We kept driving to check out Lovers Leap Viewpoint in Bodega Ridge Provincial Park, which offers a nice view of nearby islands. It may not be worth the drive out just for the viewpoint (it’s small, and similar to the kind of views you get all over the Gulf Islands), but it’s pretty if you’re already heading out that way to do some hiking. We also made a quick stop at Tapovan Sri Chimnoy Peace Park, a set of forest hiking trails dedicated to an Indian spiritual leader and meditation teacher. We quickly discovered it was a bit of a climb, and since I hadn’t changed out of my Birkenstocks (#classiclesbian), we headed back to the car and decided to continue on our day’s true quest: the search for the perfect hammock spot.
Start at: the beginning of the Lochside Trail, at the Switch Bridge by Uptown Mall. You can also make your way to Borden and McKenzie, and hop on the trail there (follow the bike path north on Borden, towards Lochside Drive). From the start of the Lochside Trail at the Switch Bridge, this bike ride is about 48 km roundtrip, or just under an hour and a half each way, depending on your speed.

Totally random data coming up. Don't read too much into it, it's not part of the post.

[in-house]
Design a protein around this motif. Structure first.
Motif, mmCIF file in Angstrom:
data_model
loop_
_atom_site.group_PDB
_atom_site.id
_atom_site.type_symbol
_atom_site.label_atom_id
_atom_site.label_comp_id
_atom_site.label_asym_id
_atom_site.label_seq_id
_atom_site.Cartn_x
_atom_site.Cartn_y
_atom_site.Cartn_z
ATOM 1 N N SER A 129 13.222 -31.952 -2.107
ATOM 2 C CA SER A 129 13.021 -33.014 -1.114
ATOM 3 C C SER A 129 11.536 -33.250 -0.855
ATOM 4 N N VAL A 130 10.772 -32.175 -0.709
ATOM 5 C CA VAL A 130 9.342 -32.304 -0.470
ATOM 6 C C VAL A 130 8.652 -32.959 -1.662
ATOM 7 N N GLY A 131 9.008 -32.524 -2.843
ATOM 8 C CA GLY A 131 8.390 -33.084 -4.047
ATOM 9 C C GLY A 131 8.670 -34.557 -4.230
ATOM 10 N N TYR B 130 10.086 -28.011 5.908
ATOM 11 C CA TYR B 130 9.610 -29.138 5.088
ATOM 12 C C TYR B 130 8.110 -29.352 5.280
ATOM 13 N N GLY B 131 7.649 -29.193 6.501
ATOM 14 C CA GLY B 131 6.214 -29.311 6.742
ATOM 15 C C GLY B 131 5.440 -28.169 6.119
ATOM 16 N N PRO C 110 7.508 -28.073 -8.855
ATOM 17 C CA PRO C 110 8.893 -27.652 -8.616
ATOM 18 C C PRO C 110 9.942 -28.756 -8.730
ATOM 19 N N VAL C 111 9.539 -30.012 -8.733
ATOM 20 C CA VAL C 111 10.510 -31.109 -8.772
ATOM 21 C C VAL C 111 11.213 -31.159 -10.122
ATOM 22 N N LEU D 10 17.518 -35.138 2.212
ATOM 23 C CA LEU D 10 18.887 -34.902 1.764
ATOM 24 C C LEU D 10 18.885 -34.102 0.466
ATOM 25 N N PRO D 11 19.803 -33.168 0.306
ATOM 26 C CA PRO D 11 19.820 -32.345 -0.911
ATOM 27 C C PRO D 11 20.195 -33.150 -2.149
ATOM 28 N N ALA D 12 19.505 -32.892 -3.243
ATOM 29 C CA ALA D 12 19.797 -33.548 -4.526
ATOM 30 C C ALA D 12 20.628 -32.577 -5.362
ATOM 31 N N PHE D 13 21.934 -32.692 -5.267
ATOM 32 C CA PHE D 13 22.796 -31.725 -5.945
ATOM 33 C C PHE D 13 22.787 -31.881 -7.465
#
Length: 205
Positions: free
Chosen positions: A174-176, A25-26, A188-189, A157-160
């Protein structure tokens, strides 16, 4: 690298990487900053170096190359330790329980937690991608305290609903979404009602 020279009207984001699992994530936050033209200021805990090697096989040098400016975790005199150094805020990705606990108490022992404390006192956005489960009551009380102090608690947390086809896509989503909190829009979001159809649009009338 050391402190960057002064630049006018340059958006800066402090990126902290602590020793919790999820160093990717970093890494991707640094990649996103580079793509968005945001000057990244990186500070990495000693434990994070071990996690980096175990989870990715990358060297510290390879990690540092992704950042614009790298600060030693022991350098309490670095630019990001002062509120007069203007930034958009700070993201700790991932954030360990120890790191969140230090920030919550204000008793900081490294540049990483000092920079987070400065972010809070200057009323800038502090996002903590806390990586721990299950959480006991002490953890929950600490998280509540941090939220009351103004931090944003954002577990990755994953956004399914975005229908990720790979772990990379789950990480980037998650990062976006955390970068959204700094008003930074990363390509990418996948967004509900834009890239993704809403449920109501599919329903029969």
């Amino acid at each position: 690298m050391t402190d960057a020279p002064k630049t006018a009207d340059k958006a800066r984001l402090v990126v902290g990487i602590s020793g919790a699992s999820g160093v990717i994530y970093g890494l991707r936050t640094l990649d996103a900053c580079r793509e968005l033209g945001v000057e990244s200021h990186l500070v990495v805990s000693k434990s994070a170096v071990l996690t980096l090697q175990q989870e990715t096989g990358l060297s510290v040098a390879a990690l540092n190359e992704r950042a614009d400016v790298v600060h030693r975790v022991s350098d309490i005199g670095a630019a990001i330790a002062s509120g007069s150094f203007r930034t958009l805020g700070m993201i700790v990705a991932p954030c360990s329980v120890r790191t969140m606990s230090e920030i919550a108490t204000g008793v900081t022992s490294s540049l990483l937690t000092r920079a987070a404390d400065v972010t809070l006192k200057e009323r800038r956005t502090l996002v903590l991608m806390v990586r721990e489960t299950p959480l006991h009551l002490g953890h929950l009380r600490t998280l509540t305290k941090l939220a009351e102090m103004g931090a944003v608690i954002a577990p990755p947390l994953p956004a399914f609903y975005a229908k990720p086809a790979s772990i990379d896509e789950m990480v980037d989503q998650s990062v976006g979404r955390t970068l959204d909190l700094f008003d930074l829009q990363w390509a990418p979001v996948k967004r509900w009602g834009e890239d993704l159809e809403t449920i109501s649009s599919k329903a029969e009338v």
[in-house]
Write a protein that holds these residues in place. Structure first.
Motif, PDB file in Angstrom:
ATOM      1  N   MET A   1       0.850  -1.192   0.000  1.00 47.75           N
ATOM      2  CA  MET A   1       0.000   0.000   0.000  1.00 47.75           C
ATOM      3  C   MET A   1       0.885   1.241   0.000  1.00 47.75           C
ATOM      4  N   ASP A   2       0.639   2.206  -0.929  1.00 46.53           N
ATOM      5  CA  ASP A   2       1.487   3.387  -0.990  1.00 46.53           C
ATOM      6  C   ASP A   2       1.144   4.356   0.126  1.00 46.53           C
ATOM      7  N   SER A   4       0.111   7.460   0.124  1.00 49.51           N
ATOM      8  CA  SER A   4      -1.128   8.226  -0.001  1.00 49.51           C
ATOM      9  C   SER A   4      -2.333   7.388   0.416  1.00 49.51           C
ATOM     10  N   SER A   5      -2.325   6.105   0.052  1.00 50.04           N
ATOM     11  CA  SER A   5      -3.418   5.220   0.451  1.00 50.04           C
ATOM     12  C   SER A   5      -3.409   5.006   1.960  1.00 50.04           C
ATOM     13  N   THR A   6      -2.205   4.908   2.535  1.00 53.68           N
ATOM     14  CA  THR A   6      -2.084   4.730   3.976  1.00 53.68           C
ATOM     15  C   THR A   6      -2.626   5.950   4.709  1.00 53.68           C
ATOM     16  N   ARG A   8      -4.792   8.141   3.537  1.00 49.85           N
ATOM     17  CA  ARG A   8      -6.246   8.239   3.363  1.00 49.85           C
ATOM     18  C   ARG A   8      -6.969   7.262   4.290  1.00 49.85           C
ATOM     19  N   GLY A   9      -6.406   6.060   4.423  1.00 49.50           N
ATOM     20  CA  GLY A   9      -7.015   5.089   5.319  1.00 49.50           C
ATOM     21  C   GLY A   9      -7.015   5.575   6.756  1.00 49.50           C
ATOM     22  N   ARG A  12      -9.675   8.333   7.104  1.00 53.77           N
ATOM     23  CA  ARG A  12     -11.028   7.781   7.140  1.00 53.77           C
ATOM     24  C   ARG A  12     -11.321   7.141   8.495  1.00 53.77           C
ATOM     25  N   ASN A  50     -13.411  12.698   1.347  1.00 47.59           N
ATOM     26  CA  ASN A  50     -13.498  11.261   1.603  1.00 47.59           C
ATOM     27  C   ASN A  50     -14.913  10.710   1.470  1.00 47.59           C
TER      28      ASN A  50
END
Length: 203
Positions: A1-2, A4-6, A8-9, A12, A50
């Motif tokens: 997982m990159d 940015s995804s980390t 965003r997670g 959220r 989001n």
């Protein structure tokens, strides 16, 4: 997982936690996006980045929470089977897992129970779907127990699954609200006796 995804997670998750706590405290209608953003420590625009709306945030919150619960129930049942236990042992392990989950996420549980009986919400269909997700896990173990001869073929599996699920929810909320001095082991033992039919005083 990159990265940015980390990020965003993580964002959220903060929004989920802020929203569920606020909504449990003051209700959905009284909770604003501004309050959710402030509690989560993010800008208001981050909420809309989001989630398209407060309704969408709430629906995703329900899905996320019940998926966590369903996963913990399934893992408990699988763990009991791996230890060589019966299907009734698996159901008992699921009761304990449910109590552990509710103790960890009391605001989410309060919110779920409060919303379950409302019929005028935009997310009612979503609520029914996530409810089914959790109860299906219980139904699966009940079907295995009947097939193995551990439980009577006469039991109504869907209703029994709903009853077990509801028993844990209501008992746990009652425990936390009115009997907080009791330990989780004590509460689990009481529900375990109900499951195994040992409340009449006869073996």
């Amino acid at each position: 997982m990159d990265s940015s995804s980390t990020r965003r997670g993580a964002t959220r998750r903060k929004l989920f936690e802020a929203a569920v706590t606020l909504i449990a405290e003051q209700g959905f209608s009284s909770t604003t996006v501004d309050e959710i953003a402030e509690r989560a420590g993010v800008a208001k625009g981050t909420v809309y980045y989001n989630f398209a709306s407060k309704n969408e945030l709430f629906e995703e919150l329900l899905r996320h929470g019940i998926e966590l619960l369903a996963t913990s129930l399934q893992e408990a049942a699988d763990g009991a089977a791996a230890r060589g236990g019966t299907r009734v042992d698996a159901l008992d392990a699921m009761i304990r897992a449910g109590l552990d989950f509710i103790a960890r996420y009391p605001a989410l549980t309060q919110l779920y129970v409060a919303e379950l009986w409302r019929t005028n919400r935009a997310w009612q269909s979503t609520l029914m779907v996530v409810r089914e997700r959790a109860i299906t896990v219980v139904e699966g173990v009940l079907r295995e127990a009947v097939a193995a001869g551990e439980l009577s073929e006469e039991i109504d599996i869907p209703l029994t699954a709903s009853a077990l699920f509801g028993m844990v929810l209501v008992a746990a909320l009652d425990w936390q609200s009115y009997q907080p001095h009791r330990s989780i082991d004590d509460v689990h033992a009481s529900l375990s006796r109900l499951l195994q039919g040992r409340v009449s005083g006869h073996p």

What will you see along the way?
The Lochside Trail will quickly have you feeling like you’re far from the city; soon after you cross McKenzie, you’ll start to pass farms! Depending on the time of year, many of them will have stands along the trail, so be sure to bring some cash and leave room in your saddle bags (or belly). You’ll meander along Lochside Drive through the upscale Cordova Bay neighbourhood, where you can check out the plants on landscaped lawns, and where gaps between homes give you glimpses of the ocean and mainland mountains.
Mattick’s Farm, about a half hour in and with plenty of shops, a Red Barn market, and a small restaurant, is a great place for a lunch break.